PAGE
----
If It’s Good Enough for John Wayne, It’s Good Enough for Me
There are so many prescription and nonprescription medications out there for Parkinson’s disease and other illnesses that it’s hard to tell what is good and what is not. It’s often difficult to determine what is worth your time and money.
My mother-in-law introduced me to arnica, an over-the-counter medication that comes as a gel or a cream. She used it on bruises she got from falling, and the pain and swelling that previously had taken weeks to disappear vanished within days.
Some days my neck and shoulders are so stiff and painful that I cannot move them. So, I asked myself what I had to lose by trying arnica.
That was two years ago. Now I have a tube in the bathroom and a tube by my bedside. I try to keep one in my purse, and the other day, my husband suggested I keep one in the car. Plus, I’ve probably given a handful away. It’s that good for me, anyhow.
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What is arnica? Arnica montana, the botanical name for the yellow plant, is also known by the names wolf’s bane, leopard’s bane, mountain tobacco, and mountain arnica. Although a pretty little plant in the sunflower family, it is fairly poisonous.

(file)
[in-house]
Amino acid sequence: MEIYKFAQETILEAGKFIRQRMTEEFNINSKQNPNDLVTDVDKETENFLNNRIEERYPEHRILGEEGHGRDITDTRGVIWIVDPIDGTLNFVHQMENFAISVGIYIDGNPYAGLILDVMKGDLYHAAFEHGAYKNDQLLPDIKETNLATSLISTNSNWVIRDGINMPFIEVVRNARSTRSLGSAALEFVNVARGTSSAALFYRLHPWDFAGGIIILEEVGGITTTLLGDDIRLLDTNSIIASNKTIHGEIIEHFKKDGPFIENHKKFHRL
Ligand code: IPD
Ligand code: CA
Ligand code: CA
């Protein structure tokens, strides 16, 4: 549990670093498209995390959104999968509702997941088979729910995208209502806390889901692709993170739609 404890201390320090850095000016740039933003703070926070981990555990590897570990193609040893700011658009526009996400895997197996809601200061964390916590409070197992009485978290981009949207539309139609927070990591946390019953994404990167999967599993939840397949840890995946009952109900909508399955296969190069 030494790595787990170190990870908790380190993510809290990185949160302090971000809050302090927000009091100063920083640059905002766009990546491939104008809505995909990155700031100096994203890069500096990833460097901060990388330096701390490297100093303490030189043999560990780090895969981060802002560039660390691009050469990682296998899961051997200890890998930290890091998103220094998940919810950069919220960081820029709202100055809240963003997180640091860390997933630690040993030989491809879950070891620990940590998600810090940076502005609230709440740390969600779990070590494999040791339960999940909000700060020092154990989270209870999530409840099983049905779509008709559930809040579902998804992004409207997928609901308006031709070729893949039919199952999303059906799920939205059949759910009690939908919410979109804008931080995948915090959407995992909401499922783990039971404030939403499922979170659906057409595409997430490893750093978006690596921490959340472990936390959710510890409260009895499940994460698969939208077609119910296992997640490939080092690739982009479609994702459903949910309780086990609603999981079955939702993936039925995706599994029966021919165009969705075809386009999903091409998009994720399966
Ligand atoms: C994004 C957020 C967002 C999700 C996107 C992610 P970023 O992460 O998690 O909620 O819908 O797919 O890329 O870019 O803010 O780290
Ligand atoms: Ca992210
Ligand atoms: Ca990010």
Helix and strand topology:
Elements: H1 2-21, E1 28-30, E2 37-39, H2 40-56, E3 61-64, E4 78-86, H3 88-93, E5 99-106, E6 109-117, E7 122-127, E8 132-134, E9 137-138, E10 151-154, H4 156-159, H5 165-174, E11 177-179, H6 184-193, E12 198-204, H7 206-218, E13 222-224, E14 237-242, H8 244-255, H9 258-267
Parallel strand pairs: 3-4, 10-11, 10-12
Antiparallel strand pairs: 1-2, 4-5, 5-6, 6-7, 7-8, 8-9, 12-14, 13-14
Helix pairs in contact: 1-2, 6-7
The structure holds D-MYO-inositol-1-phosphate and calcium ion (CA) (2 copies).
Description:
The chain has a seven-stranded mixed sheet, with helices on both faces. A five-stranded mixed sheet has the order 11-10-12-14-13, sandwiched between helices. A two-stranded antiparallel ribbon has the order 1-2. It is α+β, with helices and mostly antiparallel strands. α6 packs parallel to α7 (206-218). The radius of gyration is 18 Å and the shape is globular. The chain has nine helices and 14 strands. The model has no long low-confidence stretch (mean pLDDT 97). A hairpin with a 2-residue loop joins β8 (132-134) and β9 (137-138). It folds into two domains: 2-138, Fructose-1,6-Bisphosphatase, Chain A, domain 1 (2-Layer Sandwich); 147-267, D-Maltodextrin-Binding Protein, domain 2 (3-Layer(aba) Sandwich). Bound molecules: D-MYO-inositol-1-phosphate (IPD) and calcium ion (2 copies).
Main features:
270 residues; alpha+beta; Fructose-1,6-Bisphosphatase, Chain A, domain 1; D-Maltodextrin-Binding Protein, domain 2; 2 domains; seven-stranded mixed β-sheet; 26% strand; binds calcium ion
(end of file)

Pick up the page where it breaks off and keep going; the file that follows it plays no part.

Although it can be harmful, it also is used for medicinal purposes as an herbal analgesic and for anti-inflammatory purposes.
As with any prescription or nonprescription medication, there are precautions to consider. More information about arnica can be found here.
Arnica has often relieved my stiffening pain after a dystonia attack. But remember, it will work differently for everyone. However, you can at least try it and see if it helps.
Disclaimer: I am not a doctor, so to be safe, check with your physician. If they’ve never heard of it, tell them to watch John Wayne’s movie, “McLintock!” In one scene, he mentions tincture of arnica. I guess he even kept some in his saddle bag.
Note: Parkinson’s News Today is strictly a news and information website about the disease. It does not provide medical advice, diagnosis or treatment. This content is not intended to be a substitute for professional medical advice, diagnosis, or treatment. Always seek the advice of your physician or another qualified health provider with any questions you may have regarding a medical condition. Never disregard professional medical advice or delay in seeking it because of something you have read on this website. The opinions expressed in this column are not those of Parkinson’s News Today or its parent company, BioNews Services, and are intended to spark discussion about issues pertaining to Parkinson’s disease.